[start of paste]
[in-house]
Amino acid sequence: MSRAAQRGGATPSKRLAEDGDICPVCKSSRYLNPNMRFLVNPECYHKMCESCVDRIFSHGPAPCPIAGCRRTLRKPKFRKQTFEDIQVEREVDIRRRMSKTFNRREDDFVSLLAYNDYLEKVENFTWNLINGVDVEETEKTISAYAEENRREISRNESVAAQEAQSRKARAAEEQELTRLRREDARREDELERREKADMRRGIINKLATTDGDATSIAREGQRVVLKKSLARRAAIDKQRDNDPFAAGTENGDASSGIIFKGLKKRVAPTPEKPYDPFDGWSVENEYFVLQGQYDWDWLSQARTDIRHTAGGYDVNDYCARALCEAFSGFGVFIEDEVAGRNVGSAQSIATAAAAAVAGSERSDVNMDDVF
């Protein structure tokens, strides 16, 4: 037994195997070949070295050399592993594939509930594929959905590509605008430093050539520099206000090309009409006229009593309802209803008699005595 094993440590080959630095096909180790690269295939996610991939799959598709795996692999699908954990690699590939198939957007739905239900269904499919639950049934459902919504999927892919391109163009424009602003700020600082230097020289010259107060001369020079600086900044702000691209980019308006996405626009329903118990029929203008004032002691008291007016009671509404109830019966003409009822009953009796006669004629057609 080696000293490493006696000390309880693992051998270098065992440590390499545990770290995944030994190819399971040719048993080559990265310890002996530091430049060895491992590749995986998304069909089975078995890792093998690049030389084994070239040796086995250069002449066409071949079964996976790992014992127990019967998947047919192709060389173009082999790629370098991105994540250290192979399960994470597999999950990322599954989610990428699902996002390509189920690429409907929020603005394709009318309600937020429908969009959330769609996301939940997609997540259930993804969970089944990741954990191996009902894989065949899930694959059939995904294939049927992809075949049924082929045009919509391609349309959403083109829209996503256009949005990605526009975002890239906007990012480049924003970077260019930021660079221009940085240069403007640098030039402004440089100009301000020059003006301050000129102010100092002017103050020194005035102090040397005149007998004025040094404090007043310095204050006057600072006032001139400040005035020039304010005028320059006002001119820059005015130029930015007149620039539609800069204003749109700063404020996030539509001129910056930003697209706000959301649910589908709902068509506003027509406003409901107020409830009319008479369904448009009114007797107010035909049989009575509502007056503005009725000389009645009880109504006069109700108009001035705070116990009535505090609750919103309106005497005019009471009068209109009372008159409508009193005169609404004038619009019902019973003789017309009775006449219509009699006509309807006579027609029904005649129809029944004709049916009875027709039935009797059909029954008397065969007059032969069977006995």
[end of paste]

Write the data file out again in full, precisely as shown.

[in-house]
Amino acid sequence: MSRAAQRGGATPSKRLAEDGDICPVCKSSRYLNPNMRFLVNPECYHKMCESCVDRIFSHGPAPCPIAGCRRTLRKPKFRKQTFEDIQVEREVDIRRRMSKTFNRREDDFVSLLAYNDYLEKVENFTWNLINGVDVEETEKTISAYAEENRREISRNESVAAQEAQSRKARAAEEQELTRLRREDARREDELERREKADMRRGIINKLATTDGDATSIAREGQRVVLKKSLARRAAIDKQRDNDPFAAGTENGDASSGIIFKGLKKRVAPTPEKPYDPFDGWSVENEYFVLQGQYDWDWLSQARTDIRHTAGGYDVNDYCARALCEAFSGFGVFIEDEVAGRNVGSAQSIATAAAAAVAGSERSDVNMDDVF
């Protein structure tokens, strides 16, 4: 037994195997070949070295050399592993594939509930594929959905590509605008430093050539520099206000090309009409006229009593309802209803008699005595 094993440590080959630095096909180790690269295939996610991939799959598709795996692999699908954990690699590939198939957007739905239900269904499919639950049934459902919504999927892919391109163009424009602003700020600082230097020289010259107060001369020079600086900044702000691209980019308006996405626009329903118990029929203008004032002691008291007016009671509404109830019966003409009822009953009796006669004629057609 080696000293490493006696000390309880693992051998270098065992440590390499545990770290995944030994190819399971040719048993080559990265310890002996530091430049060895491992590749995986998304069909089975078995890792093998690049030389084994070239040796086995250069002449066409071949079964996976790992014992127990019967998947047919192709060389173009082999790629370098991105994540250290192979399960994470597999999950990322599954989610990428699902996002390509189920690429409907929020603005394709009318309600937020429908969009959330769609996301939940997609997540259930993804969970089944990741954990191996009902894989065949899930694959059939995904294939049927992809075949049924082929045009919509391609349309959403083109829209996503256009949005990605526009975002890239906007990012480049924003970077260019930021660079221009940085240069403007640098030039402004440089100009301000020059003006301050000129102010100092002017103050020194005035102090040397005149007998004025040094404090007043310095204050006057600072006032001139400040005035020039304010005028320059006002001119820059005015130029930015007149620039539609800069204003749109700063404020996030539509001129910056930003697209706000959301649910589908709902068509506003027509406003409901107020409830009319008479369904448009009114007797107010035909049989009575509502007056503005009725000389009645009880109504006069109700108009001035705070116990009535505090609750919103309106005497005019009471009068209109009372008159409508009193005169609404004038619009019902019973003789017309009775006449219509009699006509309807006579027609029904005649129809029944004709049916009875027709039935009797059909029954008397065969007059032969069977006995």